It has also been suggested that smartcards can also be used for tracking the rewards accrued by a consumer. However, smartcard-based system will cost significantly more than the “dumb” card. A smartcard costs in excess of $3, and a biometric smartcard is projected to cost in excess of $5. In addition, each point of sale station would need a smartcard reader. Furthermore, the net result of “smartening” the token is centralization of function. This may look interesting during design, but in actual use results in increased vulnerability for the consumer. Given the number of functions that the smartcard will be performing, the loss or damage of this all-controlling card will be excruciatingly inconvenient for the cardholder. Losing a card fill of accrued rewards will result loss of the accumulated rewards.
There is a need for an electronic rewards transaction system that uses a strong link to the person being identified, as opposed to merely verifying a recipient's possession of any physical objects that can be freely transferred.
A further need in an electronic rewards transaction system is ensuring consumer convenience by providing authorization without forcing the consumer to possess, carry, and present one or more proprietary tokens, such as man-made portable memory devices, in order to accumulate the rewards. Anyone who has lost a card, left it at home, had a card stolen knows well the keenly and immediately-felt inconvenience caused by such problems. Therefore, there is a need for an electronic biometric rewards transaction system that is entirely tokenless.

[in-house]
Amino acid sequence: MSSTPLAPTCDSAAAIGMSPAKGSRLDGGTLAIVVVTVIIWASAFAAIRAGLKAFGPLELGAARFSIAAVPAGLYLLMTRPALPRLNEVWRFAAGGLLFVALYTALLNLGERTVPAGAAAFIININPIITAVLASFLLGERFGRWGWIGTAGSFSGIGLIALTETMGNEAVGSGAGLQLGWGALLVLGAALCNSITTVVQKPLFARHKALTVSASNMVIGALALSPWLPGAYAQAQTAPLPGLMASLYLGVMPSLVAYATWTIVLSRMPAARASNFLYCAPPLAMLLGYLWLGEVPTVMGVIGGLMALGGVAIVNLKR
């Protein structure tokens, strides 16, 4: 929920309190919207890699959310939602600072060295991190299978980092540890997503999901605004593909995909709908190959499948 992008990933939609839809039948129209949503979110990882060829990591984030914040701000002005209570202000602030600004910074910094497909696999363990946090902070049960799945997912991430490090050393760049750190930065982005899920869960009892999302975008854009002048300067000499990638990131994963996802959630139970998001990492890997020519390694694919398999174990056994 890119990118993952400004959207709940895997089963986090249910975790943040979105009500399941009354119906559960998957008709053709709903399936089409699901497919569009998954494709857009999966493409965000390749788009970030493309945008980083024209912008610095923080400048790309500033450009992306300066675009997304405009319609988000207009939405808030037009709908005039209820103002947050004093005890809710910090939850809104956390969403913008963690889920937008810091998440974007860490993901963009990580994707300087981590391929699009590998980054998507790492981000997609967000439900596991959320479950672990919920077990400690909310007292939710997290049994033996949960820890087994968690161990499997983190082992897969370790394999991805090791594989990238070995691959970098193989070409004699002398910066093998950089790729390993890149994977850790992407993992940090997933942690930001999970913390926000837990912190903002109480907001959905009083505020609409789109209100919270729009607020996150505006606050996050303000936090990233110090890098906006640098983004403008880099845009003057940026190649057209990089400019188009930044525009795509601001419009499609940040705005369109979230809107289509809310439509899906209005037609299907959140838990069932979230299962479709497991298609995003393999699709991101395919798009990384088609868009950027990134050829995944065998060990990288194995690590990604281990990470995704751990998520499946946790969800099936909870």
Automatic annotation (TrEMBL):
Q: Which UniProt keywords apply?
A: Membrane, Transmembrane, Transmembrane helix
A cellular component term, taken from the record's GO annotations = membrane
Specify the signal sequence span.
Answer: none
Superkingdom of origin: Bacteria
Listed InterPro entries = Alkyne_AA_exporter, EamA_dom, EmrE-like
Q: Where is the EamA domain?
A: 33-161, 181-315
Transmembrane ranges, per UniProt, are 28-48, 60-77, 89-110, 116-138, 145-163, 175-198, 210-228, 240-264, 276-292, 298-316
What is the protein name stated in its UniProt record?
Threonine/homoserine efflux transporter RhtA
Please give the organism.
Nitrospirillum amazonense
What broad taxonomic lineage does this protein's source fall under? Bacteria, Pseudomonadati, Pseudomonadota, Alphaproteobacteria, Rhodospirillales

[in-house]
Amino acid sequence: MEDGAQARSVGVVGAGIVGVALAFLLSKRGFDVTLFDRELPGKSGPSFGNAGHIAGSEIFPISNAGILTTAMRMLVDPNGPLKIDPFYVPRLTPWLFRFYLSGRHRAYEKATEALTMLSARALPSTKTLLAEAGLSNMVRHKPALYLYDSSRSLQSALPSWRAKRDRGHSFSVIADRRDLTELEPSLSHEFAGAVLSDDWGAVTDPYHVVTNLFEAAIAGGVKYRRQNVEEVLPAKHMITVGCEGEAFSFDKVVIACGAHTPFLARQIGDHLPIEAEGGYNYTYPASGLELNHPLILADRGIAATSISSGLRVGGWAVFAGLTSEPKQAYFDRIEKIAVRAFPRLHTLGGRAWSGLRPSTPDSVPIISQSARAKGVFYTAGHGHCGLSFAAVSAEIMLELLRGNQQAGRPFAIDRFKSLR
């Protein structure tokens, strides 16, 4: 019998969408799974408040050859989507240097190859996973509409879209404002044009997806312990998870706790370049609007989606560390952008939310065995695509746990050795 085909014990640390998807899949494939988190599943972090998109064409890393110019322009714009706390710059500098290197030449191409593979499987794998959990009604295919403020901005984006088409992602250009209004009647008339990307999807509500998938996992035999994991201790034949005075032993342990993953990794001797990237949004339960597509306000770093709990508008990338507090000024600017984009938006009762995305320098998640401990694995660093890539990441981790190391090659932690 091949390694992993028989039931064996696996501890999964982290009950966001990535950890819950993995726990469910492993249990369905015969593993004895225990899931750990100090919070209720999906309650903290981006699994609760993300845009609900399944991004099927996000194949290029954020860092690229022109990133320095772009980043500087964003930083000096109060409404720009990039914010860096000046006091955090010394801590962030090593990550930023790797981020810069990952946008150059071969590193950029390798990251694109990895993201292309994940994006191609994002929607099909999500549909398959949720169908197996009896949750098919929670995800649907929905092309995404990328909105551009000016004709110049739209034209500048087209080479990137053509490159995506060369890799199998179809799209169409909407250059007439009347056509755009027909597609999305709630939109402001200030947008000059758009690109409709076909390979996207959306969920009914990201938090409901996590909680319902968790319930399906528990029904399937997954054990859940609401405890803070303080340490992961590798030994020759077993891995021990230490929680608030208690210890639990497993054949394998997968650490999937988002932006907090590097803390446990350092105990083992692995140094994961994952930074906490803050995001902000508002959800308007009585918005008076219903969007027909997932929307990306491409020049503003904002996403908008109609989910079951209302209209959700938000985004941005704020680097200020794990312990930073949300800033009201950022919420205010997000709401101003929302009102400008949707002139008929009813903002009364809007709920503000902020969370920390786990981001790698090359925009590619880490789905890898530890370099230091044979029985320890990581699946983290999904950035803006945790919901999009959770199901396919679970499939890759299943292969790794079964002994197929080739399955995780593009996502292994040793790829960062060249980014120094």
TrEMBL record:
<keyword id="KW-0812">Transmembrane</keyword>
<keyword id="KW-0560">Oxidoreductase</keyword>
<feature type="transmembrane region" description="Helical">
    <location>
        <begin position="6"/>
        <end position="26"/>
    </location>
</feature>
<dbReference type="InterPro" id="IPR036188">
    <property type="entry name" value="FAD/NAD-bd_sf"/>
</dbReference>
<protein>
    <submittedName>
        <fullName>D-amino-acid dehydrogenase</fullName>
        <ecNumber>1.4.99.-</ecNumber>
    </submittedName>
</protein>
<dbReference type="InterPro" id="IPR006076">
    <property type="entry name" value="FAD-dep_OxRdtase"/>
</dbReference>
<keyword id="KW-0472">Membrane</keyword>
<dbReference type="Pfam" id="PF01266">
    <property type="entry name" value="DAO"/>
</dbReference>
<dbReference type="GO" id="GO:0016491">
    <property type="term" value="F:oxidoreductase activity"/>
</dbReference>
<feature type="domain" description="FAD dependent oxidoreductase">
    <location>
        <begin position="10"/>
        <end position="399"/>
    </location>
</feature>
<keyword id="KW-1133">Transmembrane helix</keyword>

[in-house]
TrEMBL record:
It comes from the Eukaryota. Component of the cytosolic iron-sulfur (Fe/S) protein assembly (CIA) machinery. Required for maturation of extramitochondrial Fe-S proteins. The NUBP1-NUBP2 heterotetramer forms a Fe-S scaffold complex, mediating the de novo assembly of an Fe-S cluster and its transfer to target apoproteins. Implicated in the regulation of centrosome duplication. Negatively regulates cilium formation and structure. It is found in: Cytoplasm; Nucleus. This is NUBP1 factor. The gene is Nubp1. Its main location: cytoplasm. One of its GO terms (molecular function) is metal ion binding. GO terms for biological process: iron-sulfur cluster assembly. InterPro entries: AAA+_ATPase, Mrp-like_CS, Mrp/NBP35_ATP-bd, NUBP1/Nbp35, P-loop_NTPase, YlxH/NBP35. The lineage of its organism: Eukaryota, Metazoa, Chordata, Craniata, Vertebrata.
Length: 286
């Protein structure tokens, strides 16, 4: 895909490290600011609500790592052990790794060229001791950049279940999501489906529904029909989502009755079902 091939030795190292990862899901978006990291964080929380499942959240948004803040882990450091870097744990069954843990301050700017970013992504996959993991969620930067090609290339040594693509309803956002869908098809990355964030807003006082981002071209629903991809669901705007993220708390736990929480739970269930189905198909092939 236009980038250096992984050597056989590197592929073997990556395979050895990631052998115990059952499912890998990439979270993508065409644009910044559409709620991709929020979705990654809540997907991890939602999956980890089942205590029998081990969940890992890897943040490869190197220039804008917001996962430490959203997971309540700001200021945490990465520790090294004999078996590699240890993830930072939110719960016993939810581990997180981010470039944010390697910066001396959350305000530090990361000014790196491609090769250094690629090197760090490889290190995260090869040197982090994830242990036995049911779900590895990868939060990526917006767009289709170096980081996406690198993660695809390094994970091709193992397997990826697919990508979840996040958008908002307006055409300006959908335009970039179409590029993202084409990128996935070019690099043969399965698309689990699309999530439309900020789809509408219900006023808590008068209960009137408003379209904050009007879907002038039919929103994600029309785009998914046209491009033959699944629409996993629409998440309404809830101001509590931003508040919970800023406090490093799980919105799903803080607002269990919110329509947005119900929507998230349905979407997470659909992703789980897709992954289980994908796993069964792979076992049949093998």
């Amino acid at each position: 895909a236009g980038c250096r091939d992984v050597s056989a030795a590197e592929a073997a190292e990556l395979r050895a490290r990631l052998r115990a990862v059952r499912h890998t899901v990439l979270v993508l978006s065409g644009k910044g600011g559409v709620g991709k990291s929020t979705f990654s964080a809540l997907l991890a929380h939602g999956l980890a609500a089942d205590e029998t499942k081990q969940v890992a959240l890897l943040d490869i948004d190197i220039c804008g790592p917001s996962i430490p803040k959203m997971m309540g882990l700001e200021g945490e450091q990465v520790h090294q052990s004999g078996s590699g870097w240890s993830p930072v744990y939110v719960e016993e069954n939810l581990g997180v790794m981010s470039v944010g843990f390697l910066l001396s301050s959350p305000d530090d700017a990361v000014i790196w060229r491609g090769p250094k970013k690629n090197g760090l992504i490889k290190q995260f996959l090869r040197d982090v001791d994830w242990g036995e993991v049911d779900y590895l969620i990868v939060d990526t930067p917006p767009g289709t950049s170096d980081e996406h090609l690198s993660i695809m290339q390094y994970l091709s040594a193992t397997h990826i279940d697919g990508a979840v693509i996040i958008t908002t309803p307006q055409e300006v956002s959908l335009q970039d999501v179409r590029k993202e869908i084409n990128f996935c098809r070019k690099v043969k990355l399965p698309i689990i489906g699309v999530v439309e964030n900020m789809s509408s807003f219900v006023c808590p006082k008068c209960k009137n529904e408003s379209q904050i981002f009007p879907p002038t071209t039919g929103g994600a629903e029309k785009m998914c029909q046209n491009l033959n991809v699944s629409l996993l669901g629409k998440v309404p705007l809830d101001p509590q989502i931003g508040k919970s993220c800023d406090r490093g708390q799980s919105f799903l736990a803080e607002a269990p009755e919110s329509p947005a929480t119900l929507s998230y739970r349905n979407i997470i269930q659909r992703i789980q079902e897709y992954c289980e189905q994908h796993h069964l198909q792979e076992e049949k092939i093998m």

There is another need in the industry for a transaction system that is sufficiently versatile to accommodate both consumers who desire to use personal identification numbers (PINs) for added security and also consumers who prefer not to use them.